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Water is Life: How Our Interfaith Work is Ensuring Clean Water in Puerto Rico

Water is Life: How Our Interfaith Work is Ensuring Clean Water in Puerto Rico

Community members in San Juan holding up the water filters sent by Beit Ahavah in Northampton, MA

Mayyim hem Chayim (Waters, they are life) read the Hebrew poster in my dorm room at Brandeis decades ago. Fast forward to a little more than a month ago, when those words echoed in my head as I sat in my temple office trying to write the Yom Kippur sermon I would deliver to my small congregation, Beit Ahavah - the Reform Synagogue of Greater Northampton. I cried as I watched a news video of a grandmother in Puerto Rico in the wake of Hurricane Maria. She had little drinking water and only saltine crackers for her grandchildren.

Downstairs, in the office of Florence Congregational Church (where my synagogue is housed), my minister-friend Pastor Irv Gammon also was watching the news. A hiker, he knew about water filters and how they could help ensure clean drinking water for the people of Puerto Rico. He called up to me and within moments a plan was hatched. There was an urgent need and we would help meet it with a “mission-tzedakah” to send LifeStraw Water Filters to Puerto Rico. Before long, Pastor Irv had arranged a discount on the filters from the LifeStraw company and we were on our way.

On erev Yom Kippur, during the Kol Nidre sermon, I appealed to our congregation for funds to help cover the costs. I invited Pastor Irv to the bimah during my sermon, which was entitled “Water is Life.” Members of the congregation were overwhelmed to see us so energized, empowered, and galvanized at the prospect of making a difference together.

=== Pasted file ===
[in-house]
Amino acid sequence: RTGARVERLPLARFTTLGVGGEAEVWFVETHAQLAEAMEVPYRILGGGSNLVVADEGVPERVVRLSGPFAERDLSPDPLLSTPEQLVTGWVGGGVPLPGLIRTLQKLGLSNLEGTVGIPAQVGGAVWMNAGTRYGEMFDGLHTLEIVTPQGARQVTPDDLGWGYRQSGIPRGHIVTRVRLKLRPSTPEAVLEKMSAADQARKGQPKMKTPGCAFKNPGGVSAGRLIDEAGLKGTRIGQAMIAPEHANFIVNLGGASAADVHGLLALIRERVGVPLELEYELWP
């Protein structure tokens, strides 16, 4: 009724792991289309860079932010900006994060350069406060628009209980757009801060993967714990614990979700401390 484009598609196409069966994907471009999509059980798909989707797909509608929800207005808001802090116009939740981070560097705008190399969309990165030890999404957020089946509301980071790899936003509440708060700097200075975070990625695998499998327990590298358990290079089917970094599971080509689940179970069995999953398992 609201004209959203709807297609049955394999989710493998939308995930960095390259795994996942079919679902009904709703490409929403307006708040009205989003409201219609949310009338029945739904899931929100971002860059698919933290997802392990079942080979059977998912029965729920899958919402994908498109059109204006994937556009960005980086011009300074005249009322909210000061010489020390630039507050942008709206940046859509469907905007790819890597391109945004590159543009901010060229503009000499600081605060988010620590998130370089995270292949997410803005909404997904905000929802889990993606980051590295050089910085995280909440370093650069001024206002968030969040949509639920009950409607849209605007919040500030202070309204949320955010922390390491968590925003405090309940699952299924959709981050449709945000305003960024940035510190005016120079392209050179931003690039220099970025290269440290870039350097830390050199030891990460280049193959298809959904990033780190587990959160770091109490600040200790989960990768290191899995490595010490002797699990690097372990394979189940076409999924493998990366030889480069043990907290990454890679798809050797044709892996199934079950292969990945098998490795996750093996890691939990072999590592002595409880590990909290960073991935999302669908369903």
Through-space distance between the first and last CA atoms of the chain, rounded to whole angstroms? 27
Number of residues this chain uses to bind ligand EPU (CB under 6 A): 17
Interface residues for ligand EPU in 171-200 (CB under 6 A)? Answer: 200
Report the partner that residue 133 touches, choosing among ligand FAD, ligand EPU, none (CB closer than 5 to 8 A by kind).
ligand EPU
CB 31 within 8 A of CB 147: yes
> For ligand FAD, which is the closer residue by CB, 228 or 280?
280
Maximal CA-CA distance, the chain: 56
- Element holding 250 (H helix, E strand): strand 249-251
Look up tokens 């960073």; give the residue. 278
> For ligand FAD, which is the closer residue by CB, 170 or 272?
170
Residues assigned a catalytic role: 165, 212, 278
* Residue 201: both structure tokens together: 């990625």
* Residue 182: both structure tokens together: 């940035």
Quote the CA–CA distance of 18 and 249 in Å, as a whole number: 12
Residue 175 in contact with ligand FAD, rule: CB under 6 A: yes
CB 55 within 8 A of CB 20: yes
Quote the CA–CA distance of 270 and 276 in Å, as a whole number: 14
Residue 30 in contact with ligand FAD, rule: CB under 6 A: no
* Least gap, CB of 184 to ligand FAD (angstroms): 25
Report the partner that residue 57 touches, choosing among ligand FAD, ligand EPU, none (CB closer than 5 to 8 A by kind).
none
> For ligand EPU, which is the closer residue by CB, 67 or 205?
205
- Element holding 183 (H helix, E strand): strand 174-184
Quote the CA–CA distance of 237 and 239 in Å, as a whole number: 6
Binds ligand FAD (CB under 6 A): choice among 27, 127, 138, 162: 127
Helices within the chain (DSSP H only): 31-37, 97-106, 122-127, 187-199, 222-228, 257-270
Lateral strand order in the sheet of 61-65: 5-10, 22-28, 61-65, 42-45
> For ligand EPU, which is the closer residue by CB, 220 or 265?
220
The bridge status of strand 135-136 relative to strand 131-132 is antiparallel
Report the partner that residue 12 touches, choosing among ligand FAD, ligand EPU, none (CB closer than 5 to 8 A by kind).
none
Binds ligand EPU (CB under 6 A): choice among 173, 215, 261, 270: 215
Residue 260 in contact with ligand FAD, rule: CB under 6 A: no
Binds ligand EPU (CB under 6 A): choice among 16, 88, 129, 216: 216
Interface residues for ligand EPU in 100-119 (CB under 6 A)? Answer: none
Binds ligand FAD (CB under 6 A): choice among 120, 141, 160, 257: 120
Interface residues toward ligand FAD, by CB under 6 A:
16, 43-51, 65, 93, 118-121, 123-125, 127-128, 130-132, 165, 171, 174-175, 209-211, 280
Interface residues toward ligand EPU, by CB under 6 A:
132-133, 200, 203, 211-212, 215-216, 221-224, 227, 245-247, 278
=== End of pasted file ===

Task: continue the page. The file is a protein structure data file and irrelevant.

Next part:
During the second week in October, just before leaving town for his daughter’s wedding, and while I was in the midst of planning my son's upcoming bar mitzvah, Pastor Irv ordered 200 filters to be delivered to the church the following Tuesday. With funds from our own communities and others pouring in, by Tuesday evening, October 17, temple and church volunteers gathered to pack the water filters, filling them with blessings for safe transport. Indeed, their transport is perhaps the most miraculous part of this story, in part because the complex details had come together only days before.

On Sunday, October 15, I heard from leaders at Temple Beth Shalom in San Juan, Puerto Rico, expressing their appreciation for our healing efforts, and stressing how badly the water filters were needed. With Pastor Irv away, I was singlehandedly juggling leads and coordinating logistics to get the water filters to the island.

The next evening, I learned that, thanks to her incredible perseverance, Robin Warner, a Beit Ahavah member and Tot Shabbat mom, had pursued a connection with a JetBlue pilot, Ophneal Kellman. A true humanitarian, Ophneal had arranged his schedule so that he could fly the large shipment of water filters to Puerto Rico early on Wednesday morning. Robin’s husband, Paul, graciously agreed to drive most of Tuesday night to get them from western Massachusetts to the airport in New York City in time for the flight. Meanwhile, there were myriad restrictions on the size and shape of the packaging the airline would allow, and I scurried around town until midnight trying to find the right size duffel bags.